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Servic design is not a linear process


Hoolekandeteenused (HKT) offers live-in welfare services to people with intellectual disabilities or mental health disorders, who are unable to live completely on their own.
Homes are in residential neighbourhoods and are part of a process of de-institutionalisation of mental care, re-integrating special needs people into society.

HKT wanted to improve the quality of services it offered to its clients (residents in the care home). The presumption was that staff needed better processes and methods to do so. Our brief was to help develop these processes and methods.

Over the course of six months we conducted interviews and workshops with different care home staff and, where possible, with clients. We followed this up with shadowing of staff in the care homes. The research highlighted the organisation’s challenges that accompanied de-institutionalisation: the central organisation administering the various care homes, by following the various applicable rules and regulations, was creating an administrative workload that was slowly over-whelming the care staff in the homes.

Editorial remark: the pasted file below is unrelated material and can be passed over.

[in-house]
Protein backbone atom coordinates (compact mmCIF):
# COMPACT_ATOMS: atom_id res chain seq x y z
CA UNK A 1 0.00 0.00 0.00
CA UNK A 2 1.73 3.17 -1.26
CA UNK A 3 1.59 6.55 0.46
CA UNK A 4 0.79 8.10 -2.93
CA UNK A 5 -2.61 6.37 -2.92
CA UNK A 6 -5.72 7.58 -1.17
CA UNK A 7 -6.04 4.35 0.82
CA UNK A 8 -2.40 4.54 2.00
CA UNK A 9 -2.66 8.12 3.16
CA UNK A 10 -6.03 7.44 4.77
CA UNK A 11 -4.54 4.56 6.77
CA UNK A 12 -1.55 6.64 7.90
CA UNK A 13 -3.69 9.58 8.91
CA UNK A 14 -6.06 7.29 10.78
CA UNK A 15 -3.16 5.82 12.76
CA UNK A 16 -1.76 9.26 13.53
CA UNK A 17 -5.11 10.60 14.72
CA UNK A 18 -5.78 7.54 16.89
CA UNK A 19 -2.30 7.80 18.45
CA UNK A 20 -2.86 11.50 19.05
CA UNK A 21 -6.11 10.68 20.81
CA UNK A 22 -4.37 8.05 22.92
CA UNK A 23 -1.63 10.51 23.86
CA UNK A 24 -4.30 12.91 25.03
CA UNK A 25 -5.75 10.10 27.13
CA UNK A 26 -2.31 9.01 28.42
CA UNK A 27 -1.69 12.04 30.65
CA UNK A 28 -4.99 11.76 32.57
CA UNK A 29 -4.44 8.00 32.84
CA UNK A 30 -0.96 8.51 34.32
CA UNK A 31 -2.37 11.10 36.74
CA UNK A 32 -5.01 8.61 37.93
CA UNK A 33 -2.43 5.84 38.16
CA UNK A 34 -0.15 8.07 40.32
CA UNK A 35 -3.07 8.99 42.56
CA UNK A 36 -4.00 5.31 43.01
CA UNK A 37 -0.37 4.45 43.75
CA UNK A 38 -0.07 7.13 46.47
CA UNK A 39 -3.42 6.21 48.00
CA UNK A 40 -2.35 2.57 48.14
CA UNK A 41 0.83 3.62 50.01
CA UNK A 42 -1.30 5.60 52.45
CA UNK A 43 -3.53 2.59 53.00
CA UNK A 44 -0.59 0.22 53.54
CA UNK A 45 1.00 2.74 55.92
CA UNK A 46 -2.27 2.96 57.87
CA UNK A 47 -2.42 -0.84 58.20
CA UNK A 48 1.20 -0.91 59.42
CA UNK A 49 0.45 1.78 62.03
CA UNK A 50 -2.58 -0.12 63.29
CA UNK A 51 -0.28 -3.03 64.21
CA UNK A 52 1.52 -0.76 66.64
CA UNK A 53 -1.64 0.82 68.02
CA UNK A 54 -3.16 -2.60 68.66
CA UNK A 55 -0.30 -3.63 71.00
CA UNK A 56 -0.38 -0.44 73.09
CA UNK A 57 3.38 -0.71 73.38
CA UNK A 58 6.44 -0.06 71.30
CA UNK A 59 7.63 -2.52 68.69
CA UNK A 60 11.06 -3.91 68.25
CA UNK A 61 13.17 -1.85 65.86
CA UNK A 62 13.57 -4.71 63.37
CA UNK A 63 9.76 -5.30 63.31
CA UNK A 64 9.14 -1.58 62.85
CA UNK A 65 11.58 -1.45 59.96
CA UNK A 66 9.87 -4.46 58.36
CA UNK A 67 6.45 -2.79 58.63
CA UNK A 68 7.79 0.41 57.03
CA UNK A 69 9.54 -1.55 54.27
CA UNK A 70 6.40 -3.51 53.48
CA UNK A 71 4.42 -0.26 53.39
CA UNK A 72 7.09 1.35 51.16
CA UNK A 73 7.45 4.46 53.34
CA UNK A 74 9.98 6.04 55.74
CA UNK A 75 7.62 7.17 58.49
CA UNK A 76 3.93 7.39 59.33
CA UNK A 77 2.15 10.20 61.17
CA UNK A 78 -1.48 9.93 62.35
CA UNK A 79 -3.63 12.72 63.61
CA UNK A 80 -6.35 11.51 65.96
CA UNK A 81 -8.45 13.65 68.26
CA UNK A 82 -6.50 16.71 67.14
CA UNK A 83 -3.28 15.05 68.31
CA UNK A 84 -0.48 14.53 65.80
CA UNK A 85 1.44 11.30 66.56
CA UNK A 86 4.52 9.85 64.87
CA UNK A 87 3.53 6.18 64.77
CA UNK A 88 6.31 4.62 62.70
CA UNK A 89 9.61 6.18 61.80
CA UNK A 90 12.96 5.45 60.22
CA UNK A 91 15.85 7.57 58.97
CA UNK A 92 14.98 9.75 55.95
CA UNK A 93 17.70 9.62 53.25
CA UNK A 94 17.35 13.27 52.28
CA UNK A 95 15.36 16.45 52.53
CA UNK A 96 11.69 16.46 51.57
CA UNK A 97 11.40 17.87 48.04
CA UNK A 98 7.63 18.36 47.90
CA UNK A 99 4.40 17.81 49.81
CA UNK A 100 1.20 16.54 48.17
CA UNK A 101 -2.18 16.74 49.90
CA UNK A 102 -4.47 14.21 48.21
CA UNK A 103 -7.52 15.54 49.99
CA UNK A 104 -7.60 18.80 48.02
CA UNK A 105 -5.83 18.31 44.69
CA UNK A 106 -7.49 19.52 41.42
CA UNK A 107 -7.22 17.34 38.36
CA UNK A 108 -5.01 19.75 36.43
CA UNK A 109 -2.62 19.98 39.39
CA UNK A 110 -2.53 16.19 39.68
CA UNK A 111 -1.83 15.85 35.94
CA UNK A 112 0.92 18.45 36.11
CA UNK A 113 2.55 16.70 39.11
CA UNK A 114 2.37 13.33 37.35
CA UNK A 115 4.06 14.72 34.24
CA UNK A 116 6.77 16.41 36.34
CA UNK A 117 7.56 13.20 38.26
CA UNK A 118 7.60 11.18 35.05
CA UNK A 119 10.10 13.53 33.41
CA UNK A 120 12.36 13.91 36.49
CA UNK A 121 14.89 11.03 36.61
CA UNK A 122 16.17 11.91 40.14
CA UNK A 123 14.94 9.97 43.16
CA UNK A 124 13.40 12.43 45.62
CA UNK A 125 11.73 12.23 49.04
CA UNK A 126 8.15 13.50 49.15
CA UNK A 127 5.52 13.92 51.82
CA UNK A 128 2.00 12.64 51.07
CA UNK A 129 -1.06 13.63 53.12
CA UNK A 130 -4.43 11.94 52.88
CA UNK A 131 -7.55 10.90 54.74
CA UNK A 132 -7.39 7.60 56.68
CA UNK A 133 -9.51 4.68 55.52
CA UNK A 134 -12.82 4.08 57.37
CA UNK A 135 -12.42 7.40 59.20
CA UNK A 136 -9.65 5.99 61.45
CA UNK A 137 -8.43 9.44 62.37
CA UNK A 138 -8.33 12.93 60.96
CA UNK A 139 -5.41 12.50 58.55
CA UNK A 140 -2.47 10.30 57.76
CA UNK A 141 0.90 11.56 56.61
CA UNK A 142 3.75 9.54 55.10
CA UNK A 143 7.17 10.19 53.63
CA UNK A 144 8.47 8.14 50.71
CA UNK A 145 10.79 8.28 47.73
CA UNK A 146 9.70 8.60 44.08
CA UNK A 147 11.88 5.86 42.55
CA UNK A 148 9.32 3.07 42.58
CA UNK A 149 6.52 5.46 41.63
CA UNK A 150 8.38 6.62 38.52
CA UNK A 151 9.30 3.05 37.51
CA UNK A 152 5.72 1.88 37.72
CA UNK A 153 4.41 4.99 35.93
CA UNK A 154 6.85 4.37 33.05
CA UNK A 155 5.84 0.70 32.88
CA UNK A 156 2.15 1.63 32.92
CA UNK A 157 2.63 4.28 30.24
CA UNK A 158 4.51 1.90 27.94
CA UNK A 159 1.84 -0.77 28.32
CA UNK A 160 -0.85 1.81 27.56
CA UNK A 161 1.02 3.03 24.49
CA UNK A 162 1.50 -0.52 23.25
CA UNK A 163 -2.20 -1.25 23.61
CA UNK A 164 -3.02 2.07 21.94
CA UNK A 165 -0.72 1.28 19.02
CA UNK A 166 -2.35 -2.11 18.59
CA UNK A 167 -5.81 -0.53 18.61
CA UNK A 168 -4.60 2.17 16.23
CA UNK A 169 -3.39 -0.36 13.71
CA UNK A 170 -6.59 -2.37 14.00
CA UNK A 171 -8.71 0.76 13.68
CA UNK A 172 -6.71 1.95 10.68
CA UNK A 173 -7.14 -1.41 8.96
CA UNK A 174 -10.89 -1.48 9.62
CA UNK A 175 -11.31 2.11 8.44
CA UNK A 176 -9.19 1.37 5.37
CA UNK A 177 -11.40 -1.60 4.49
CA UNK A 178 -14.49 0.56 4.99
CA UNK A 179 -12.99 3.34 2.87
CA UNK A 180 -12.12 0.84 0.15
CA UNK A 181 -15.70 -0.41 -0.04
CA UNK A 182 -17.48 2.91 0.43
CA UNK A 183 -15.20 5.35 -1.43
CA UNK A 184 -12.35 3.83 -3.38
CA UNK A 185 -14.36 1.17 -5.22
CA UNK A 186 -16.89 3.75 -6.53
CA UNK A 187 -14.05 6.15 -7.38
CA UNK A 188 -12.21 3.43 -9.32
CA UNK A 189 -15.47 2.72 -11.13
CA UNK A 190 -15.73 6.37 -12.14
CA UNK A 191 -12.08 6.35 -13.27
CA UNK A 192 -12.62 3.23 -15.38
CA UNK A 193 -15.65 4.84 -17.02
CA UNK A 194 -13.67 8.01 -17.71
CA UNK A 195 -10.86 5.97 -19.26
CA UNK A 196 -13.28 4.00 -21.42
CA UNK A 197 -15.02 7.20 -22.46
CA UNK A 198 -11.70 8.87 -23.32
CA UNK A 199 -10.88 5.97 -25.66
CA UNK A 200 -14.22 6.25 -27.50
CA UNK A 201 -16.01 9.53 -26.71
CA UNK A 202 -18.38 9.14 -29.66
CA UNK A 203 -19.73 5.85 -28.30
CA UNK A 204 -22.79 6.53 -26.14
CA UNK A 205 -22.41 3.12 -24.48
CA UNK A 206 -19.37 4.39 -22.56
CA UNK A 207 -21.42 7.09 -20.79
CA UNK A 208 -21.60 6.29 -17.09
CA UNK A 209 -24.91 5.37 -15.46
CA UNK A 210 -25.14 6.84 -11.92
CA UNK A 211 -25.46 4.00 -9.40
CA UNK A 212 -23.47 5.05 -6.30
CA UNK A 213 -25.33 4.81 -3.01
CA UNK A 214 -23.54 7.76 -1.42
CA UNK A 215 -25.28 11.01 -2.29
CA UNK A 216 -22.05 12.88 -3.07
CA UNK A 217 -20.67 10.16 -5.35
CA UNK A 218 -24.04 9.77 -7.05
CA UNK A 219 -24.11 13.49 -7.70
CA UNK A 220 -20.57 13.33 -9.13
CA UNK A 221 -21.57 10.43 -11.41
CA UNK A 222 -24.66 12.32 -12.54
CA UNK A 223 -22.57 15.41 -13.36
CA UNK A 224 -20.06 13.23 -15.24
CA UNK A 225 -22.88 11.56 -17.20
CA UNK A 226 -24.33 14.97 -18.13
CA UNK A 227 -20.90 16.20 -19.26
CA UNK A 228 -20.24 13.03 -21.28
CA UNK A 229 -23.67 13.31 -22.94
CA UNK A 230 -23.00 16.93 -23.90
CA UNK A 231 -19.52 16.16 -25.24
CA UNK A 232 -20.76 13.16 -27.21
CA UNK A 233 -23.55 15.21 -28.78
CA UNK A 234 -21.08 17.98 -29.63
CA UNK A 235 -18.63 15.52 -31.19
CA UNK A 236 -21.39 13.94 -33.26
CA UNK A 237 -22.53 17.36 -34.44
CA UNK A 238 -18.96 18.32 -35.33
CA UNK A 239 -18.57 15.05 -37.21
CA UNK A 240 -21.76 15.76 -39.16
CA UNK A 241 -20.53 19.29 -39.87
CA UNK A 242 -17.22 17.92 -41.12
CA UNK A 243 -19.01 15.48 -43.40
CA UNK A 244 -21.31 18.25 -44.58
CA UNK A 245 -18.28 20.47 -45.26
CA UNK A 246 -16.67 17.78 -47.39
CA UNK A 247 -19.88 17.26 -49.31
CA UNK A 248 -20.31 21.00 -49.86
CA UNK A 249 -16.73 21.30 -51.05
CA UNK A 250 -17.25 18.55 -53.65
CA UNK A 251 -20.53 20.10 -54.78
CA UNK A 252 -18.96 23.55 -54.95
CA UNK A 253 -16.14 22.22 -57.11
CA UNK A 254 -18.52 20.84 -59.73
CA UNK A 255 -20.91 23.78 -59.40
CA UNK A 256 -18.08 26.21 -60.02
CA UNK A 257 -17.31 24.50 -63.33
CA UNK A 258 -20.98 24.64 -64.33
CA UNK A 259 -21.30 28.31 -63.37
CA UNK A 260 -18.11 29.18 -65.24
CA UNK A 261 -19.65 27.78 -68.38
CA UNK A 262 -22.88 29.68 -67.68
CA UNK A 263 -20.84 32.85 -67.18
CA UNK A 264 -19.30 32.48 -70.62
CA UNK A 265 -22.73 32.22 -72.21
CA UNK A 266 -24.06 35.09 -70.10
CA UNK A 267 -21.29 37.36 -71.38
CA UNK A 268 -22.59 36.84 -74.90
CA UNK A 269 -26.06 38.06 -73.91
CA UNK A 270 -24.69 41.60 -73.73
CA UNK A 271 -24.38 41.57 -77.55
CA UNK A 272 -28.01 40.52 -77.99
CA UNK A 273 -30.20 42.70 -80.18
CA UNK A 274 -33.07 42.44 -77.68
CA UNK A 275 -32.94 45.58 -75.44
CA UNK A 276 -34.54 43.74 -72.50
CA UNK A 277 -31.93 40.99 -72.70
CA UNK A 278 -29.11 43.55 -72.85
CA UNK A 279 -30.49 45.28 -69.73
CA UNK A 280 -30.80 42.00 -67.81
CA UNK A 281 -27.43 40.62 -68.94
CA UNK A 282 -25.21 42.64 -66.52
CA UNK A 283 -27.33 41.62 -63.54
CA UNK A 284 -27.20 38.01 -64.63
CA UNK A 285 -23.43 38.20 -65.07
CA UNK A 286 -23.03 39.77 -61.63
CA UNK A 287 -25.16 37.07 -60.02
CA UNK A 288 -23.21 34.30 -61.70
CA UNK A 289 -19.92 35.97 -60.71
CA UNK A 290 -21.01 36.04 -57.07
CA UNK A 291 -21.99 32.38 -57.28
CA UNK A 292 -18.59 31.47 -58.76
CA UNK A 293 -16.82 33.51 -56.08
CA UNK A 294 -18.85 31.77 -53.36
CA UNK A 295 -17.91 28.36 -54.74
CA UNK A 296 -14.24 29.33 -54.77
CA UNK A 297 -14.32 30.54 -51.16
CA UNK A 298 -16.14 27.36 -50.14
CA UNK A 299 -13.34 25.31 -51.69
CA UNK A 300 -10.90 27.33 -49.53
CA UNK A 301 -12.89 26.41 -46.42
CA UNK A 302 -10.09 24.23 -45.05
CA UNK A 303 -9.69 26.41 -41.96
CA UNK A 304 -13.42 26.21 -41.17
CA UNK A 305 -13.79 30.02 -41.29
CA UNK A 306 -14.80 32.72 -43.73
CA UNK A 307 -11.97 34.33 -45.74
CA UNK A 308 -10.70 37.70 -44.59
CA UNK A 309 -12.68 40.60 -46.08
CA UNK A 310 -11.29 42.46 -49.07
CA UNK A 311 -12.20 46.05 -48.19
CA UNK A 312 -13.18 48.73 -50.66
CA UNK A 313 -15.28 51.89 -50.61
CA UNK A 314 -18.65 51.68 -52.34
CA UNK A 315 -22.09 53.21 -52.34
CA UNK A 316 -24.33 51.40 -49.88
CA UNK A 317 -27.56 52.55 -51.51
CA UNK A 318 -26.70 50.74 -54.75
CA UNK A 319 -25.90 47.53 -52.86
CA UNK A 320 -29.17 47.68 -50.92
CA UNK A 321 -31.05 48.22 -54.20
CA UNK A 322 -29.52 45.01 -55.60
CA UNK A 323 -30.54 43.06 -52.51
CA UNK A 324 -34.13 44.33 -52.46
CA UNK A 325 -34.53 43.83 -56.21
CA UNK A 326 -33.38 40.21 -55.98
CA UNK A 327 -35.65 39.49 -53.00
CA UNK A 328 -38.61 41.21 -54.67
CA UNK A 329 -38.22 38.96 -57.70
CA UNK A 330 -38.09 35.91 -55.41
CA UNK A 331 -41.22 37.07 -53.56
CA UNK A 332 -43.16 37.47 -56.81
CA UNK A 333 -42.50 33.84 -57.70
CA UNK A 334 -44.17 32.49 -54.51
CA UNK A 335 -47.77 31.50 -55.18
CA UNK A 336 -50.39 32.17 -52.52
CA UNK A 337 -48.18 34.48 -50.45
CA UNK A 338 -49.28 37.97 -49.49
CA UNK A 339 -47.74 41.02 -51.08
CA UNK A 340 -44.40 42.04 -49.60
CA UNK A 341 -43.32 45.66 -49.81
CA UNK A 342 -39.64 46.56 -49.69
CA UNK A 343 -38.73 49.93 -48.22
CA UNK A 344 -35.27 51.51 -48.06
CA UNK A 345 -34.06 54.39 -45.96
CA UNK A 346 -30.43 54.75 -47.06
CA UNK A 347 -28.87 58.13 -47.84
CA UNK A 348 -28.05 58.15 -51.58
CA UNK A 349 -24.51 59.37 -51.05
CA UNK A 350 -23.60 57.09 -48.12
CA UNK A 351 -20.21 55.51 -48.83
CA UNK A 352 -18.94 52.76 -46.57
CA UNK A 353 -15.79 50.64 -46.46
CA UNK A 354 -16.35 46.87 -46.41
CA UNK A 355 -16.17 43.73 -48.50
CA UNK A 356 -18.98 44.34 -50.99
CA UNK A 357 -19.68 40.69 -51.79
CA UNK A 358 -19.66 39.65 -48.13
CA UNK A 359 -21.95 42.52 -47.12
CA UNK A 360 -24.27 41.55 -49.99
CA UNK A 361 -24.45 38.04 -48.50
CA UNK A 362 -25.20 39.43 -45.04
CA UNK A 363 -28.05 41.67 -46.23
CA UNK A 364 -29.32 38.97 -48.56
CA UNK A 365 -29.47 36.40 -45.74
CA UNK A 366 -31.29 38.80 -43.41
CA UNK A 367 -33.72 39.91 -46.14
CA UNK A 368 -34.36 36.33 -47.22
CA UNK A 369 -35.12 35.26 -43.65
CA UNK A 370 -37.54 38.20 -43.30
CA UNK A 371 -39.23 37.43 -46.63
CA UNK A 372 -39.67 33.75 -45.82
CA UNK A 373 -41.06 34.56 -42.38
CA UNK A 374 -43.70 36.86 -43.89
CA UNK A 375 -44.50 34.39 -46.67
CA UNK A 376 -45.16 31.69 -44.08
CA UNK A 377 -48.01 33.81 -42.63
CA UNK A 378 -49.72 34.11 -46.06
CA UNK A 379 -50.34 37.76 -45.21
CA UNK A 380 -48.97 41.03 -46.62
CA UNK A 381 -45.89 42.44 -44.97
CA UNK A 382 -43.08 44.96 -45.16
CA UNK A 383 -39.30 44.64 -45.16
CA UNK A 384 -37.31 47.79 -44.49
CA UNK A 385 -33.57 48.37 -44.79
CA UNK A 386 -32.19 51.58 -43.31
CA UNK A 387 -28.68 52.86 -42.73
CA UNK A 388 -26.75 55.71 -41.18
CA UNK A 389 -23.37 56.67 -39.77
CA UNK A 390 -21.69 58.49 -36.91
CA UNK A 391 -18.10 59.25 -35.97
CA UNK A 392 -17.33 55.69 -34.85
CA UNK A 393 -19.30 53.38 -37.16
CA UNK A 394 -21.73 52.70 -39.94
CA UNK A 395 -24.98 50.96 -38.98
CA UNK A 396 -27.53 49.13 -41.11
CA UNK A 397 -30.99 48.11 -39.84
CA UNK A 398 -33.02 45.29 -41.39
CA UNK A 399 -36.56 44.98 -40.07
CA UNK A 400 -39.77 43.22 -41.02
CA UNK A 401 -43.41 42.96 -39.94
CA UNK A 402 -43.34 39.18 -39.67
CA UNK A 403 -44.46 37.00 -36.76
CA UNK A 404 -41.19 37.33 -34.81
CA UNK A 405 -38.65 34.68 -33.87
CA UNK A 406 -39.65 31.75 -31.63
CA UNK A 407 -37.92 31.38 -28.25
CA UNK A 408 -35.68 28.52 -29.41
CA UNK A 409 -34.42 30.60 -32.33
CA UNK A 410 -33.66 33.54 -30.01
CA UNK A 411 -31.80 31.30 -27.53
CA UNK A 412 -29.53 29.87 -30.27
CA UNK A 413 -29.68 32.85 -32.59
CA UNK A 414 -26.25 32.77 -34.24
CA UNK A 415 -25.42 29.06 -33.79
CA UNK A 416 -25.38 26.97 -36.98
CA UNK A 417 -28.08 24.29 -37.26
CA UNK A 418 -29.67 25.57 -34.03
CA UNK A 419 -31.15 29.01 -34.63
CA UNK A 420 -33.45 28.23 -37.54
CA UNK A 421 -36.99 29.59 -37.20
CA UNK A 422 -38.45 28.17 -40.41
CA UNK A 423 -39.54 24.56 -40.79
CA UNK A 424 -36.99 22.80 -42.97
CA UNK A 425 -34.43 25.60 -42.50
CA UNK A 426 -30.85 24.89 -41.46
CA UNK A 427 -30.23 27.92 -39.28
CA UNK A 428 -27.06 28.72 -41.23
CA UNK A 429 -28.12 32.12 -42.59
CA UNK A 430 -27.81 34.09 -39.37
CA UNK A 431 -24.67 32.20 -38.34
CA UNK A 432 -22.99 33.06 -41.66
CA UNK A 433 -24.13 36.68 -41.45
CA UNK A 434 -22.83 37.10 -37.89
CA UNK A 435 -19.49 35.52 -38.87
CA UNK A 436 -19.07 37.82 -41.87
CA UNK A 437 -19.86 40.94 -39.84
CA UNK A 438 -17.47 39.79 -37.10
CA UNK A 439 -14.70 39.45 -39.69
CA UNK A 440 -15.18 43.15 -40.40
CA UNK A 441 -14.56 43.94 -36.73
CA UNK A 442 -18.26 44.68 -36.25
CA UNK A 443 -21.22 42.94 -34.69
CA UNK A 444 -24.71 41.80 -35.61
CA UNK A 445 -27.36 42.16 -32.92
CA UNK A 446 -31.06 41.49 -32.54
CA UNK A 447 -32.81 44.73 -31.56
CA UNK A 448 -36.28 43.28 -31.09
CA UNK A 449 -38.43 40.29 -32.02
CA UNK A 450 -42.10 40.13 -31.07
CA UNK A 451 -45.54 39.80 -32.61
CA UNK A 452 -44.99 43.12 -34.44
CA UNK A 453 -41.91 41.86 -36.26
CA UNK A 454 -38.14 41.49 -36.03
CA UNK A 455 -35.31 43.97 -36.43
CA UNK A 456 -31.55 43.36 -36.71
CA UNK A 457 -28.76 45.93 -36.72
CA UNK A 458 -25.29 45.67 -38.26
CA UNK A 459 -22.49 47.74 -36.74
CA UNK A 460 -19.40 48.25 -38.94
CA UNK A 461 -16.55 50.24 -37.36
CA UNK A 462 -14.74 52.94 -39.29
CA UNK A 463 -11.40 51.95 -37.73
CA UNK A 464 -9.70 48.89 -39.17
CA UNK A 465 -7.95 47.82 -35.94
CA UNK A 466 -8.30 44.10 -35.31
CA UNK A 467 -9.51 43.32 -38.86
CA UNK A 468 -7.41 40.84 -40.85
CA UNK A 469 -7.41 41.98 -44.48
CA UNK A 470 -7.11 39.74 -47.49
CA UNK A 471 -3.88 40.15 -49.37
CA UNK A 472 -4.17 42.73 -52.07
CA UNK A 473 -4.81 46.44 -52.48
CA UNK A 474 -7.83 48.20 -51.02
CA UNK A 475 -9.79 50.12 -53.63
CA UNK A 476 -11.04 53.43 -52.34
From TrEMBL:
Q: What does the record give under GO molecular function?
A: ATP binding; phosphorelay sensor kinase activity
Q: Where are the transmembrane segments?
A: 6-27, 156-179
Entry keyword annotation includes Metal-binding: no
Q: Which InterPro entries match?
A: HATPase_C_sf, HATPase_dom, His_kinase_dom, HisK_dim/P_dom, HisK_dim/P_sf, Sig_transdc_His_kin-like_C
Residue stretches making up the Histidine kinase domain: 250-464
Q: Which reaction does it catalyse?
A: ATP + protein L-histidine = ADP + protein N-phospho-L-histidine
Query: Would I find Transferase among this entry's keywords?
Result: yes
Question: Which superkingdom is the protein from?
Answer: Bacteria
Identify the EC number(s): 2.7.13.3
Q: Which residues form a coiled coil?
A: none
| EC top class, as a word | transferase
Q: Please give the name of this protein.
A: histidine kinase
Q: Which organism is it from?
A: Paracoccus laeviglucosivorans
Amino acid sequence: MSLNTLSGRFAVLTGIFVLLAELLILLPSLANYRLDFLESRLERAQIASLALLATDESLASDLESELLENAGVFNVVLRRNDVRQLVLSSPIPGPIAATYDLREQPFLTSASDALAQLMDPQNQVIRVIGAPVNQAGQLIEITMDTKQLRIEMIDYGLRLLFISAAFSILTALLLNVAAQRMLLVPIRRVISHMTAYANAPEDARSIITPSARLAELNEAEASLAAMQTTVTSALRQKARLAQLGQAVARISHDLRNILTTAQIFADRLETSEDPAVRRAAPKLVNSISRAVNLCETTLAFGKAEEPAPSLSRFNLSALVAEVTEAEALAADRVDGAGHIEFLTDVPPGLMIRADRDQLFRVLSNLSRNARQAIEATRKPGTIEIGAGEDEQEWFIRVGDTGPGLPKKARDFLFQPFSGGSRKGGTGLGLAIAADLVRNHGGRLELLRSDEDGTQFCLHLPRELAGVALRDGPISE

The results of our research showed that staff were not lacking the skills or tools for working with clients. What they lacked was the time to do so. We uncovered a work process that was uncoordinated and ad-hoc. Daily tasks, both admin and household chores, had developed over time, were often dictated centrally and required immediate attention. The work process for staff had never been looked on as a whole. Because of the disjointed nature of these tasks, staff were left with very little time for meaningful interaction with clients.

Consequently, the service that was designed was the daily working process. Administrative tasks were assigned a defined time-slot and all scattered daily tasks were gathered there. This made the daily work-flow for staff much more efficient, freeing up 2-3 hours per day, for them to work with clients.

For the HKT, the service design process was unnerving, when it seemed that their stated goal could not be solved. No one knew what the outcome of the service design would be. It was just very important, that it would improve the lives of the clients. Equally important was the caveat, that the solution couldn’t add costs to the operation or the workload of staff. Re-designing the administrative tasks ticked all the boxes of the brief, but did so in an unexpected way.

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